6. Lots of interesting stuff here! I realise I might be taking your words the wrong way but surely ballet 'opened-up-for-the-masses' would be a good thing? There is always the conception that only a certain type of person goes to ballets (the idea of dressing up and sitting in opera houses surrounded by other 'patrons'), whereas cinemas are universal and unthreatening. Of course, it would be difficult to 'get it right', but surely with appropriate artistic consultation a satisfactory result might be gained. Although this is hypothetical since as you say there would be little or no budget for such a fiilm, unless some Hollywood dignitary makes it their pet project (Spielberg does Corsaire, anyone?). I think there could be real potential for filmed ballet as an art form in itself as opposed to ballet dressed up in film glitz. What does anyone think about using ambient sound in certain places? I think it works really well in Nureyev's Don Q (my favourite filmed ballet, btw). Unlike bart (and probably others) I like the idea of filming in real locations: a bit of glamour and the thrill of the unusual. I'd have to add myself to the Big Fat No list re: animation, though.
  7. What with the phenomenal size of the budgets of some Hollywood films, it’s about time ballet got in on the action! Would there be a future for ballet feature-films? I mean those in the style of Nureyev’s Don Q, Fracci’s Giselle or the Thesmar-Denard Sylphide: realistic sets, (dare I say) special effects, dance filmed cinematically on a large scale. Surely an opulent Swan Lake or fantastical Nutcracker would pull in the crowds? Which ballets would (or wouldn't!) you like to see treated cinematically?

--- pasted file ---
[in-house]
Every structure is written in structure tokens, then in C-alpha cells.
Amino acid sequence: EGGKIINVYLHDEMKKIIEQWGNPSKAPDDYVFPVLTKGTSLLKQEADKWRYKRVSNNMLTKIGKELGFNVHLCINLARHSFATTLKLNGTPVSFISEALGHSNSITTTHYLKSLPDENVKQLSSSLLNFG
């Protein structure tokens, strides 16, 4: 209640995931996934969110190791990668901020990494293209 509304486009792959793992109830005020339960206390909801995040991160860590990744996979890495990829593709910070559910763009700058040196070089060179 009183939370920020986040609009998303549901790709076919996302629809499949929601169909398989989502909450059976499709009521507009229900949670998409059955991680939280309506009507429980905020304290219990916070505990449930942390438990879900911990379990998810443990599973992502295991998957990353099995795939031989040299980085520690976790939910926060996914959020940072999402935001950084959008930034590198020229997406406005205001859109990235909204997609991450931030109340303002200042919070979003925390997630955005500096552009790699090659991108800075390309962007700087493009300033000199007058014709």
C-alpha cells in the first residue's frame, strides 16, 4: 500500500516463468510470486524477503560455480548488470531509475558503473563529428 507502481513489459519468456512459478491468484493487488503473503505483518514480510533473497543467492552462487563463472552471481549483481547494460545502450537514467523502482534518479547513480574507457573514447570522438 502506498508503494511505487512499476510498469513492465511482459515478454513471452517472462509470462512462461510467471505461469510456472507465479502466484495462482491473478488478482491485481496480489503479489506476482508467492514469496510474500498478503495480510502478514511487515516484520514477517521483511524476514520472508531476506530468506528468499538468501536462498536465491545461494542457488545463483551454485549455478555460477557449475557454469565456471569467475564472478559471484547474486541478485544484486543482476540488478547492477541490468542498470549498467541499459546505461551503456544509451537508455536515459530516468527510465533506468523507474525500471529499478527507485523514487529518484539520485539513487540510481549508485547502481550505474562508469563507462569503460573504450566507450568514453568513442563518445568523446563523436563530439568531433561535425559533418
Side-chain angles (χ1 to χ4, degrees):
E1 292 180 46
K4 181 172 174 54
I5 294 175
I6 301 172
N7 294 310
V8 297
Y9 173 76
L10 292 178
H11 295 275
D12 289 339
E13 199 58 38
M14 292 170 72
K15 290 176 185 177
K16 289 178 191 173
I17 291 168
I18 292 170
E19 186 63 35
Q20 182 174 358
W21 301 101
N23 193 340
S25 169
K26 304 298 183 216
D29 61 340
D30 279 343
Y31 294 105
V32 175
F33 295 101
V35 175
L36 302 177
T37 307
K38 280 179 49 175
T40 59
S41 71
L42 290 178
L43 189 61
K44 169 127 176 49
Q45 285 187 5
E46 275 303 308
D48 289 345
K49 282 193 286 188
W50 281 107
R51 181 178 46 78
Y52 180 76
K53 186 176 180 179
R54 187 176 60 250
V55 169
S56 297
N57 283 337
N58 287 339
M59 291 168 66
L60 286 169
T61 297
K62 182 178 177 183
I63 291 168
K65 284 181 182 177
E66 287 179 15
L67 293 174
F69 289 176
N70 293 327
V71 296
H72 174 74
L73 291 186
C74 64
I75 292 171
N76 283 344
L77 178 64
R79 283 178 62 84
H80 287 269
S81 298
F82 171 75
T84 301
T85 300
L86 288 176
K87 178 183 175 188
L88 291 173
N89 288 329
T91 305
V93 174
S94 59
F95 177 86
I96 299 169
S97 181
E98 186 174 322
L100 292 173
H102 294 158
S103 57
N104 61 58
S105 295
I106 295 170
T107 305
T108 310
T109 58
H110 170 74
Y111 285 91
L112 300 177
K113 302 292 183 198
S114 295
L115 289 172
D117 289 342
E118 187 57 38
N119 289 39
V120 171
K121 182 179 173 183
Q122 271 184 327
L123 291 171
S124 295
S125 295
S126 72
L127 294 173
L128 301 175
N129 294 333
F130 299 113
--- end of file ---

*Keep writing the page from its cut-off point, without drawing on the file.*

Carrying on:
8. Hey, living in it's not so bad either......Though right now I could do without the weather.... Anyway, the Royal Ballet does use children in its traditional (tired?) Nutcracker. There are some quite interesting versions around England, e.g. Matthew Bourne's Nutcracker! and ENB's version which I suppose is best described as 'zany'. Europe seems to go for 'concept', I guess which is not always so beneficial. (I heard bad things about Shemyakin's for the Mariinsky....?) For me, BRB all the way... Sorry,